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Bosnian Muslims

December 4, 1996 | Associated Press
Bosnian Muslims produced chemical weapons during the 3 1/2-year Bosnian war but stopped making them early this year after the fighting ended, Jane's Intelligence Review reports. In the January issue of the Review, a Bosnian Muslim journalist writing under the pseudonym Enis Dzanic said Muslims produced 120-millimeter chlorine-filled mortar rounds in the city of Tuzla, now headquarters for U.S. peacekeeping troops in Bosnia-Herzegovina.
October 2, 1993
"The Eyes of Bosnia," an award-winning documentary about Bosnian Muslims, will have its first Los Angeles screening Tuesday at the DGA Theater in Hollywood. Women in Film International arranged the screening. Two screenings will be held, at 6:30 p.m. and 7:45 p.m. Admission is $5. Information: (213) 668-0987
December 20, 2002 | From Times Wire Reports
Bosnian Muslims who lost loved ones in the 1995 Srebrenica massacre of more than 7,000 men and boys by Serb forces have asked the United Nations for compensation for failing to protect them. A team of Bosnian lawyers said they had filed a compensation request with the U.N. secretary-general. Lightly armed Dutch U.N. peacekeepers had been assigned to protect civilians in Srebrenica in July 1995, but Bosnian Serb forces overran the enclave.
December 14, 1994 | From Times Staff and Wire Reports
A summit of the 52-member Organization of the Islamic Conference opened with appeals for Muslims to change their image, work against extremists and rescue the Bosnian Muslims. At the opening session in King Hassan II's Moorish palace in Casablanca, two influential heads of state--Hassan and Egyptian President Hosni Mubarak--lamented the damage to Islam's reputation done by intolerant militants.
Former Prime Minister Margaret Thatcher has reignited the international debate about how best to bring peace to the Balkans with her withering attack on Western nations for failing to support Bosnia-Herzegovina's Muslims. Baroness Thatcher this week accused Prime Minister John Major and his government of lacking resolve, as she widened her campaign urging support for Bosnia's Muslims in their struggle against the attacking Serbs.
May 13, 1993
Walter Russell Mead writes, "Let's be honest: Most Europeans and Americans agree ethnic cleansing is a tragedy, but somehow life goes on" (Opinion, May 9). Whose life is he talking about? Surely not those of the Bosnian Muslims who have suffered such devastating losses. Their lives have been shattered and many of them have no future; that is, they have no future free of torment and nightmares. But he is right. Our lives will go on. All we have to do is change a channel, disregard our newspapers and ignore the unpleasantness so it does not intrude into our lives.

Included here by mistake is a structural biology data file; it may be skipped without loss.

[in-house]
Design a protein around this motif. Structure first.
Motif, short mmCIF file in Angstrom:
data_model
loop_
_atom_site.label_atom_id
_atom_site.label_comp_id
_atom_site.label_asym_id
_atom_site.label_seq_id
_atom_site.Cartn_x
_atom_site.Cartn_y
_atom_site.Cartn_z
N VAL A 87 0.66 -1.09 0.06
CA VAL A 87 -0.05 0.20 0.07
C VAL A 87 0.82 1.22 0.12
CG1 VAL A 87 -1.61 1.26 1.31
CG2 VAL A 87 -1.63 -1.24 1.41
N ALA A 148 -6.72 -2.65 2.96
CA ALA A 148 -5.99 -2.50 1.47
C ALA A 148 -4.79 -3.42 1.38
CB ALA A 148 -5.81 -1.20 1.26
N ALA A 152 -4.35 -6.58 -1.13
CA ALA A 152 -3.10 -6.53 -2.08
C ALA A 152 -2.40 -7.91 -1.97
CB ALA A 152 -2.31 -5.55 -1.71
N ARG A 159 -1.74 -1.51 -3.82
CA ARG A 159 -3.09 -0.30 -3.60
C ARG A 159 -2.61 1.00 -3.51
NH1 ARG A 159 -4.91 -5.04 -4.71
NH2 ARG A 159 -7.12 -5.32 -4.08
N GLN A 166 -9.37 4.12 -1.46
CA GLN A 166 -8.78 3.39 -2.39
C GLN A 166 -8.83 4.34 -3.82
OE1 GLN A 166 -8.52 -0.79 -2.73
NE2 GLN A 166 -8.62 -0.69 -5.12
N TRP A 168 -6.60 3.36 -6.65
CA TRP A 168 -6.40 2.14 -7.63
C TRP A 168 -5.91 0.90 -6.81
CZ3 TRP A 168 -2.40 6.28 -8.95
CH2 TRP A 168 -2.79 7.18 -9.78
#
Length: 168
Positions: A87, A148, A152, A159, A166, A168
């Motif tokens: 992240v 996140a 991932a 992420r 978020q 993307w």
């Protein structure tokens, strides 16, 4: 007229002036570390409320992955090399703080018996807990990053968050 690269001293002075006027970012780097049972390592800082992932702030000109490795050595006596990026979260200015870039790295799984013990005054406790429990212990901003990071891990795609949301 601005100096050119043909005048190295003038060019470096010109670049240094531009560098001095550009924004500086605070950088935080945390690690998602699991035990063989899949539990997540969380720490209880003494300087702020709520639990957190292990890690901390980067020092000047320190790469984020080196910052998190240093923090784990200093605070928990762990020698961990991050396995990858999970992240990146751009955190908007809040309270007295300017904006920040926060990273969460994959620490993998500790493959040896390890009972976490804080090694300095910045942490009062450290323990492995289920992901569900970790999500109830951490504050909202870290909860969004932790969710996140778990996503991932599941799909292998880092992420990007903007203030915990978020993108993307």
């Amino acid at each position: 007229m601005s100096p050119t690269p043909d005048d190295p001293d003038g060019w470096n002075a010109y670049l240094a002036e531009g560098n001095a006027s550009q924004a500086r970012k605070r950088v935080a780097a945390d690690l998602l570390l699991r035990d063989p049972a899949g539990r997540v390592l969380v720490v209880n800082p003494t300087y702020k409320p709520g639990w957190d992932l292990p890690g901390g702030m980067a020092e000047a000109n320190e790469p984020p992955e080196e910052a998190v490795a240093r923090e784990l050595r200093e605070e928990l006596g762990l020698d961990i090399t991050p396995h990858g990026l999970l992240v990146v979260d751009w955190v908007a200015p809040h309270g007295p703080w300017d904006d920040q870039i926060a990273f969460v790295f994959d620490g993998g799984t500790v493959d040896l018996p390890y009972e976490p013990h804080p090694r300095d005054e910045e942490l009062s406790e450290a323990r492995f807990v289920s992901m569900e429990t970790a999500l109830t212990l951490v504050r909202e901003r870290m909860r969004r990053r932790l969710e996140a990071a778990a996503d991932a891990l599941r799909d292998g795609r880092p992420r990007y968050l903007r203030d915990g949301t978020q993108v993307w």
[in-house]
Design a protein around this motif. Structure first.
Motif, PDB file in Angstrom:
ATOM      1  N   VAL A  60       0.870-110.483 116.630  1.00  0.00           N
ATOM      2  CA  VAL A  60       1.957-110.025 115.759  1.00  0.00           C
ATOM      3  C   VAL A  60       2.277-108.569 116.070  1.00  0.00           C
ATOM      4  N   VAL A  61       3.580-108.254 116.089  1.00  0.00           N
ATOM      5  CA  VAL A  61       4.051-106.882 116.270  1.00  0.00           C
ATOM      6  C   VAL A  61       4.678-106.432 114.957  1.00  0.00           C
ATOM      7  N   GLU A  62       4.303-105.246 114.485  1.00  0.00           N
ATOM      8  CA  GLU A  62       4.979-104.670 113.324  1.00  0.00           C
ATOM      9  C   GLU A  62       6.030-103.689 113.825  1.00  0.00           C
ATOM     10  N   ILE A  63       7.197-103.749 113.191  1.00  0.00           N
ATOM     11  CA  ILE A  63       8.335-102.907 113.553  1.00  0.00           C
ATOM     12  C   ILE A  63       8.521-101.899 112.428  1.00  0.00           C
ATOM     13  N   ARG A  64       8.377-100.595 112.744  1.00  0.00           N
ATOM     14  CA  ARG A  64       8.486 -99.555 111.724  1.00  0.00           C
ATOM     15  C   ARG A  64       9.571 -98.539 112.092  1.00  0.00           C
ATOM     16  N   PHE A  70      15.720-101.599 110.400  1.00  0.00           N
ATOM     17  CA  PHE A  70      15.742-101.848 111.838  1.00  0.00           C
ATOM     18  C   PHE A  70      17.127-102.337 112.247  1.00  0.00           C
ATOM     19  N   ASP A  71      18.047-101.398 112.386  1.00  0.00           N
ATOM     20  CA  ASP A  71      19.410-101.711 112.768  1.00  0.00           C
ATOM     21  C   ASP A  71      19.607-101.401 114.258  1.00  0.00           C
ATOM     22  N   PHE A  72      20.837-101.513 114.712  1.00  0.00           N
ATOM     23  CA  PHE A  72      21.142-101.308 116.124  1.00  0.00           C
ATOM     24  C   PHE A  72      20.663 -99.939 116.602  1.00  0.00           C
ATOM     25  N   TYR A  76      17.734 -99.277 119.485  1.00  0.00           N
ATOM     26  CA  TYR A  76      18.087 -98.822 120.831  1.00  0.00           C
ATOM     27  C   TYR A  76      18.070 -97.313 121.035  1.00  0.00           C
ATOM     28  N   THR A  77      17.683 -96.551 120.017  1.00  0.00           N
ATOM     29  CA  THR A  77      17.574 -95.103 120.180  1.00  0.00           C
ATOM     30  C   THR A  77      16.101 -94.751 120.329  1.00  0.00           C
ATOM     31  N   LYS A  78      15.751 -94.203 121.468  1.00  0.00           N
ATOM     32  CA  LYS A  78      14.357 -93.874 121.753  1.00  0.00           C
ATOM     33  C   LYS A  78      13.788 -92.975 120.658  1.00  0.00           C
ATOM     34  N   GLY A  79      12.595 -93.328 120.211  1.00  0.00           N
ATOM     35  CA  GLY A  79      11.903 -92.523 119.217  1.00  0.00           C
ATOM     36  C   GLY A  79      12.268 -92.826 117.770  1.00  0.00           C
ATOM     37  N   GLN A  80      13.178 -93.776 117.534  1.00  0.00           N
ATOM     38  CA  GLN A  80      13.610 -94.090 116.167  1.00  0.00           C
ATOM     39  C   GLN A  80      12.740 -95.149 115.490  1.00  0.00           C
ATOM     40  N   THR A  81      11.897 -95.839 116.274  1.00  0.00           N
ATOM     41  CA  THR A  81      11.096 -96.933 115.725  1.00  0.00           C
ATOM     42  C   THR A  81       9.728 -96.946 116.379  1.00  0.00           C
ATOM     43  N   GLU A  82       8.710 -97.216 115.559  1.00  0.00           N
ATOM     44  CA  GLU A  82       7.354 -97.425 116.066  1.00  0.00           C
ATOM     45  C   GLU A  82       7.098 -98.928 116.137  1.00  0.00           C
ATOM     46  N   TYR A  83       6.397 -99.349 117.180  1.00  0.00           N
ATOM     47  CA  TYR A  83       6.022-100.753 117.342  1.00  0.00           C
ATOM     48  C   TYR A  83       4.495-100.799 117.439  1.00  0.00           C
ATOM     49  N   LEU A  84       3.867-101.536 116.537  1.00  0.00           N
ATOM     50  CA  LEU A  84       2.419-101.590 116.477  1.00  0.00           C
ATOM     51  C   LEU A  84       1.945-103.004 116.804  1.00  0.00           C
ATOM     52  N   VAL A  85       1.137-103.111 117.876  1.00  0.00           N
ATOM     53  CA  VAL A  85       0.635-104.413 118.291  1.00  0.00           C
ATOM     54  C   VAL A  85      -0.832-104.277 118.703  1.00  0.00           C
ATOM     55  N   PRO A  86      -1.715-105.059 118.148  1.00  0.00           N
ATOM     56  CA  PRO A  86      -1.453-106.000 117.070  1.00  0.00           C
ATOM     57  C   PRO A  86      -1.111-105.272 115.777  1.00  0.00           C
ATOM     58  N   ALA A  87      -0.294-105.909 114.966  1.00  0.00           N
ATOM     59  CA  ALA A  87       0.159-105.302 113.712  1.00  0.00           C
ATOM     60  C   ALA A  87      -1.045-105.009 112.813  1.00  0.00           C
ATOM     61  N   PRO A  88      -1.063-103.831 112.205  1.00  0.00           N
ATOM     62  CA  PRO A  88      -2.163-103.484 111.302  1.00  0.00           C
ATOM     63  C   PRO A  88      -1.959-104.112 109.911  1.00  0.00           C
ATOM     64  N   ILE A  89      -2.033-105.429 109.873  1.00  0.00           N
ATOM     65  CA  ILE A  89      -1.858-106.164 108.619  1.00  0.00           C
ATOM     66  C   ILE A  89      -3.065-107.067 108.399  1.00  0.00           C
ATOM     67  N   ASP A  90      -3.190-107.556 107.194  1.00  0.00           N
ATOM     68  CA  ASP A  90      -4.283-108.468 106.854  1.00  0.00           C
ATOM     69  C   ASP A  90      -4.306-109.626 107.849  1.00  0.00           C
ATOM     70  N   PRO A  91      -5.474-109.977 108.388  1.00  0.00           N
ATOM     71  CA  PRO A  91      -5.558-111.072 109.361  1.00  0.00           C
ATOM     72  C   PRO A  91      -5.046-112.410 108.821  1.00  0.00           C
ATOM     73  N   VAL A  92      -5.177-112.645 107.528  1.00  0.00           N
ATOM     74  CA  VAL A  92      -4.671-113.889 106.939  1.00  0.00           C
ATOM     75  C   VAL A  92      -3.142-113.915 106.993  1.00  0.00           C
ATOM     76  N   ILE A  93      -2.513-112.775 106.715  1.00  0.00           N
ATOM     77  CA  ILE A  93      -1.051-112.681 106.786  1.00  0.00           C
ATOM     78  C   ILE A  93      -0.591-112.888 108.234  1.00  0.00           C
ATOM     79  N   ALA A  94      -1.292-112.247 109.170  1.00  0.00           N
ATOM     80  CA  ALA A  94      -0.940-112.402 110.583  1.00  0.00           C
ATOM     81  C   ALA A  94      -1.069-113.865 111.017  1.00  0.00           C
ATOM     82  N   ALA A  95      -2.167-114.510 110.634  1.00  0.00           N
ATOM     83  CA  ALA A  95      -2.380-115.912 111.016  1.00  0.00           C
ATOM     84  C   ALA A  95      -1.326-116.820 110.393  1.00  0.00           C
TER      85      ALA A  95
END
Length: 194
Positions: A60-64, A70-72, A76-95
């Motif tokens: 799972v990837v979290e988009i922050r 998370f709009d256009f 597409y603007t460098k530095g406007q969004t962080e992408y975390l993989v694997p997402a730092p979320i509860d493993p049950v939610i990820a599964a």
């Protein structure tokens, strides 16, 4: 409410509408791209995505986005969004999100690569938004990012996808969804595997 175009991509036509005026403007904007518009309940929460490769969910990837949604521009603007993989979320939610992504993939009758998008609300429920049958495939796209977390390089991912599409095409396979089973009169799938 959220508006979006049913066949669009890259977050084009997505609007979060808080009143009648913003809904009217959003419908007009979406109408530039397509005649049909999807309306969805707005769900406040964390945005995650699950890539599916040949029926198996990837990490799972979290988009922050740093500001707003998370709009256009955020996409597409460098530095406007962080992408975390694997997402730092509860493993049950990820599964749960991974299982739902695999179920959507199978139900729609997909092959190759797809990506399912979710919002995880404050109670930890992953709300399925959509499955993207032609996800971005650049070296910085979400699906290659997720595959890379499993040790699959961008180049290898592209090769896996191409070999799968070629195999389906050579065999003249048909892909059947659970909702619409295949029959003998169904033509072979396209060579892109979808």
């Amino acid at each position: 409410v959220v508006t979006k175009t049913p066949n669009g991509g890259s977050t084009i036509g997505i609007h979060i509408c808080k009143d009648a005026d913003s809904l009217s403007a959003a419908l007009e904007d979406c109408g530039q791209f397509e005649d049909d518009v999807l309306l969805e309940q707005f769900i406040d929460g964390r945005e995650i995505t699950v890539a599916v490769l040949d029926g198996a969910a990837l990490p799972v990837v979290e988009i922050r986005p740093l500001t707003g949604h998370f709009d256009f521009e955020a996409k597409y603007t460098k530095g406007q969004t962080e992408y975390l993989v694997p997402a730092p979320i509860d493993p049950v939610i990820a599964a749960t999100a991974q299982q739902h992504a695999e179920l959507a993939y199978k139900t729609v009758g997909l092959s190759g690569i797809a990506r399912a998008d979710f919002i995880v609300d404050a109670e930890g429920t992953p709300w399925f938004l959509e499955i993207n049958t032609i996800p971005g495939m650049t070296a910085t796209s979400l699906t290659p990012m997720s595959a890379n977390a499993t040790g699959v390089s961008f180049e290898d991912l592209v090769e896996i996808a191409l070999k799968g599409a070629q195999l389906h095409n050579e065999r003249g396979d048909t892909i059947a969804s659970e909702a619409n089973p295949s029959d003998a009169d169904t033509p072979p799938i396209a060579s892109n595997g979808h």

September 7, 1994 | Associated Press
More than 2,000 Bosnian Muslims were driven from their homes by ethnic Serbs in the worst two-day episode of "ethnic cleansing" in recent months, U.N. officials said Tuesday. The forcible expulsions raised to 5,580 the number of Muslims who have fled the Banja Luka and Bijeljina regions of north-central and northeastern Bosnia-Herzegovina since mid-July, said Christiane Berthiaume, a spokeswoman in Geneva for the Office of the U.N. High Commissioner for Refugees. Refugees have told U.N.
May 20, 1994 | Associated Press
Bosnian Muslims pressed their assaults on Serbs on several fronts Thursday, and an exasperated Britain joined France in threatening to pull out its peacekeepers unless there is progress toward peace. The warning was directed at all warring parties in Bosnia-Herzegovina, but seemed mostly aimed at pressuring the Muslim-led government to show flexibility in peace negotiations.
American diplomats, refining their support of Muslim-led Bosnia's demand for more territory, pressed Bosnian President Alija Izetbegovic on Saturday to return to peace negotiations that would divide Bosnia-Herzegovina into ethnic territories. The U.S.
January 22, 1994
I am very disappointed that television has sunk so low that it can take the horror going on in Bosnia and blithely turn it into sitcom humor. Apparently the plight of the Bosnian Muslims is of so little consequence that their pain and misery can be trivialized and exploited with impunity. Let's make a switch here: Instead of "The Fresh Prince of Bel-Air's" Hilary Banks, in pursuit of a news anchorwoman job, uttering, "Now who's this Bosnia guy?" (as she did in the Jan. 10 episode)
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